Thousands of patients are being exposed to potentially fatal superbugs because their doctors and other hospital staff are not washing their hands, new data shows.
An audit of hand washing at 940 public and private hospitals in October found workers were not using alcohol-based hand rub on 16 per cent of the occasions they should be.
Doctors were one of the worst performing groups, along with cleaning and food staff and personal care attendants.
Of 7576 instances when doctors were meant to wash their hands before conducting a procedure, they did so on 6154 occasions or 81 per cent of the time.
They performed similarly after procedures. Despite being potentially exposed to body fluids, doctors washed their hands 80 per cent of the time, putting them at risk of carrying bacteria around the hospital. Their compliance rate taking in all types of occasion on which hands should be washed was 73 per cent.
The worst performing staff by area were in emergency departments.
The data from Hand Hygiene Australia, which is working to improve rates of hand washing among health workers, comes amid renewed fears about an emerging post-antibiotic era and calls for urgent action to prevent it.
In the Medical Journal of Australia, published on Monday, infectious disease experts said they were “deeply alarmed” by the recent death of an American woman due to a type of bacterium resistant to all classes of antibiotics.
Professor Cheryl Jones, president of the Australasian Society for Infectious Diseases, said the woman’s death might herald a post-antibiotic era that would “profoundly affect all areas of healthcare, and society”.
“Simple childhood infections would once again be life-threatening events, major surgery would be associated with high mortality, chemotherapy for cancer and organ transplantation would no longer be possible,” Professor Jones and her colleagues wrote.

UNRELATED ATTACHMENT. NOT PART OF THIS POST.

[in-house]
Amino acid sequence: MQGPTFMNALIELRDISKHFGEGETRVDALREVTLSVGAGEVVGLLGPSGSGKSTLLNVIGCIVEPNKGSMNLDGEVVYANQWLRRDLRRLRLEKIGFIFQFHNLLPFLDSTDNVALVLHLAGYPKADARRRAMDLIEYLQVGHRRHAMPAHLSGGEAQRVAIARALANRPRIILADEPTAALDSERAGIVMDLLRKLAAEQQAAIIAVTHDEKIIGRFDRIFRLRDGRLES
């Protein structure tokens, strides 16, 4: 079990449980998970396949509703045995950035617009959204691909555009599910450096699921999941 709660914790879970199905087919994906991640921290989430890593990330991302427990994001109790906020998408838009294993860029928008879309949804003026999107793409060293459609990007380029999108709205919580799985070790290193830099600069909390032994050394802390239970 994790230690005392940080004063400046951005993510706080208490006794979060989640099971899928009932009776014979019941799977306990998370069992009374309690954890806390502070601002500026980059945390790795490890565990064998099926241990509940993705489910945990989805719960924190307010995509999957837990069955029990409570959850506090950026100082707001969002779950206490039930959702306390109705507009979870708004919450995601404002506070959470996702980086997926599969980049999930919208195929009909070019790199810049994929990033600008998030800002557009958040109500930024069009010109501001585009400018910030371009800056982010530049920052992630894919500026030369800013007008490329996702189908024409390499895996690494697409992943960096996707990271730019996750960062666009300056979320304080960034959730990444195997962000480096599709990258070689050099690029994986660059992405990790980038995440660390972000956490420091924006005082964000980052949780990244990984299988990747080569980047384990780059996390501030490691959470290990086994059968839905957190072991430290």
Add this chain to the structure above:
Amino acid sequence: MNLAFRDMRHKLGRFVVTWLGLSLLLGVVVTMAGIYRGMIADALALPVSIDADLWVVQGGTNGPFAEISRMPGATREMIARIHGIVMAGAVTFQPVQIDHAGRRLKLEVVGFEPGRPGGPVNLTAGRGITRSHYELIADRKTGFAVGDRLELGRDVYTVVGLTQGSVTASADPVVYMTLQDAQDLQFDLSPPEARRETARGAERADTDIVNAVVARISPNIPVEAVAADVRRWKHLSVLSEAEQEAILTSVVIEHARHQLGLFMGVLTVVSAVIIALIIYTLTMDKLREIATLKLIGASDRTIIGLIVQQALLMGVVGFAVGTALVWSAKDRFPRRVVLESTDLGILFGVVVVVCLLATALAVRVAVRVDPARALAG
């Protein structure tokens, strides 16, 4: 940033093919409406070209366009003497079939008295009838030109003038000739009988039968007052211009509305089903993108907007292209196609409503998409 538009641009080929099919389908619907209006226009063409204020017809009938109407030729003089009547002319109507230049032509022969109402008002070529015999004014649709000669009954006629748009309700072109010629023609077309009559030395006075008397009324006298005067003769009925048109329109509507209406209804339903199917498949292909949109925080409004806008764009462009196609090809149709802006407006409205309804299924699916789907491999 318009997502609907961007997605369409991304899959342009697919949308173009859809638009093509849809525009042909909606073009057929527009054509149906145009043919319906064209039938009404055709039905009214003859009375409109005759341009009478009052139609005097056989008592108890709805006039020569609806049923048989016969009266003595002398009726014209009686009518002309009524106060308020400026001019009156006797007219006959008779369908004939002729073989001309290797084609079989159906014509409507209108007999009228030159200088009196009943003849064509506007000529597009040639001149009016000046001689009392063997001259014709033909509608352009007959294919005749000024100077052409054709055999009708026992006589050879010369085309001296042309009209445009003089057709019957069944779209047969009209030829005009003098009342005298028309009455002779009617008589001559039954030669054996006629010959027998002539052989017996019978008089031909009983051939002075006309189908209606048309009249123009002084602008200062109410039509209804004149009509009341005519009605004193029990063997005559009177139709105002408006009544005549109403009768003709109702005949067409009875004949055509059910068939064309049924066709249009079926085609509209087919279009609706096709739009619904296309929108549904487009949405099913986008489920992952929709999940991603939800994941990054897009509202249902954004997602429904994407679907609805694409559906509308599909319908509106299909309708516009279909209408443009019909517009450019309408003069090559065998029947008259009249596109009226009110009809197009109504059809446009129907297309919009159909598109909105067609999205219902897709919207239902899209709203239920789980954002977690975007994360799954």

Professor Lindsay Grayson, an infectious disease specialist and director of Hand Hygiene Australia, said hand washing was an effective strategy to protect people from superbugs. He said it could save more than 1500 lives a year – more than Australia’s road toll.
While annual data shows continuous improvement in hand washing among all health professionals, the October audit found some workers, wards and types of hospitals were worse than others.
Dentists and dental nurses performed the best, with overall hand washing rates of 93 per cent to 96 per cent. They were followed by nurses and midwives, with an overall rate of 87 per cent.
Invasive technicians, who assist with the insertion of medical devices, scored 84 per cent and allied health workers such as physiotherapists achieved 83 per cent.
Small public and private hospitals did better than their larger equivalents, and the wards with the highest rates of hand washing across all hospitals were those caring for babies, long-term patients and people with kidney disease.
The worst performing staff were in emergency departments, with an overall rate of 76 per cent. They were followed by general medical wards and critical care units with rates of 82-83 per cent.
Professor Grayson said the Hand Hygiene Australia program was the largest in the world, and although hand hygiene compliance rates were now better than in many similar countries such as the US and Britain, further improvement was needed.
Professor Jones and her colleagues said strategies to slow superbugs should be an urgent priority in Australia, which has the highest per capita consumption of antibiotics in the world.
“Australian prescribers and consumers need to reduce antibiotic use in humans and animals,” they wrote.
They said more should be done to prevent the introduction of superbugs to Australia through people’s international travel and ingestion of imported foods such as seafoods, which may have been produced with the use of antibiotics.
A summit on the topic will be held in Melbourne in June.